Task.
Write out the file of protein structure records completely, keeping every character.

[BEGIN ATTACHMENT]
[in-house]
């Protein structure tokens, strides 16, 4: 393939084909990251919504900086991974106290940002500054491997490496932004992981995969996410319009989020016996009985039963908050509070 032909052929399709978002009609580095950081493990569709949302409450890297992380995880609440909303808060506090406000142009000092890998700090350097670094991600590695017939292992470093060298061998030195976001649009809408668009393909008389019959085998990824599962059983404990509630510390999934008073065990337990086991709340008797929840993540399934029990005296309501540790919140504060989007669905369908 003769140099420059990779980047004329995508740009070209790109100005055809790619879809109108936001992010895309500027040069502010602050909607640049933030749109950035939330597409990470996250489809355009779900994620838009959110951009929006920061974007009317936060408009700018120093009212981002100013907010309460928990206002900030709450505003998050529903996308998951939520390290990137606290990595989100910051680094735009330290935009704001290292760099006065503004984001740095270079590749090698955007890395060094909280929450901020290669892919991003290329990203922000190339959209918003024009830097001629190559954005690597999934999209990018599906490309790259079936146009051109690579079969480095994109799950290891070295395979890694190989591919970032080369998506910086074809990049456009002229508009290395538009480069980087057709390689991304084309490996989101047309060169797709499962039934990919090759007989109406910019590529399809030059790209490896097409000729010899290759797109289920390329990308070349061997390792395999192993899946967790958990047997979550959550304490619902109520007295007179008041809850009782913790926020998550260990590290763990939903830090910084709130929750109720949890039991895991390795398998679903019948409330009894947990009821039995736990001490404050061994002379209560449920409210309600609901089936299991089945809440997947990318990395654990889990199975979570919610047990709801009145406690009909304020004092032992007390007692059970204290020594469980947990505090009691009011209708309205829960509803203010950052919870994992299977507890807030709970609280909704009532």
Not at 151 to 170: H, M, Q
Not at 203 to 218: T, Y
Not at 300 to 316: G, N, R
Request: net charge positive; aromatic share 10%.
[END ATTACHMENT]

[in-house]
């Protein structure tokens, strides 16, 4: 393939084909990251919504900086991974106290940002500054491997490496932004992981995969996410319009989020016996009985039963908050509070 032909052929399709978002009609580095950081493990569709949302409450890297992380995880609440909303808060506090406000142009000092890998700090350097670094991600590695017939292992470093060298061998030195976001649009809408668009393909008389019959085998990824599962059983404990509630510390999934008073065990337990086991709340008797929840993540399934029990005296309501540790919140504060989007669905369908 003769140099420059990779980047004329995508740009070209790109100005055809790619879809109108936001992010895309500027040069502010602050909607640049933030749109950035939330597409990470996250489809355009779900994620838009959110951009929006920061974007009317936060408009700018120093009212981002100013907010309460928990206002900030709450505003998050529903996308998951939520390290990137606290990595989100910051680094735009330290935009704001290292760099006065503004984001740095270079590749090698955007890395060094909280929450901020290669892919991003290329990203922000190339959209918003024009830097001629190559954005690597999934999209990018599906490309790259079936146009051109690579079969480095994109799950290891070295395979890694190989591919970032080369998506910086074809990049456009002229508009290395538009480069980087057709390689991304084309490996989101047309060169797709499962039934990919090759007989109406910019590529399809030059790209490896097409000729010899290759797109289920390329990308070349061997390792395999192993899946967790958990047997979550959550304490619902109520007295007179008041809850009782913790926020998550260990590290763990939903830090910084709130929750109720949890039991895991390795398998679903019948409330009894947990009821039995736990001490404050061994002379209560449920409210309600609901089936299991089945809440997947990318990395654990889990199975979570919610047990709801009145406690009909304020004092032992007390007692059970204290020594469980947990505090009691009011209708309205829960509803203010950052919870994992299977507890807030709970609280909704009532």
Not at 151 to 170: H, M, Q
Not at 203 to 218: T, Y
Not at 300 to 316: G, N, R
Request: net charge positive; aromatic share 10%.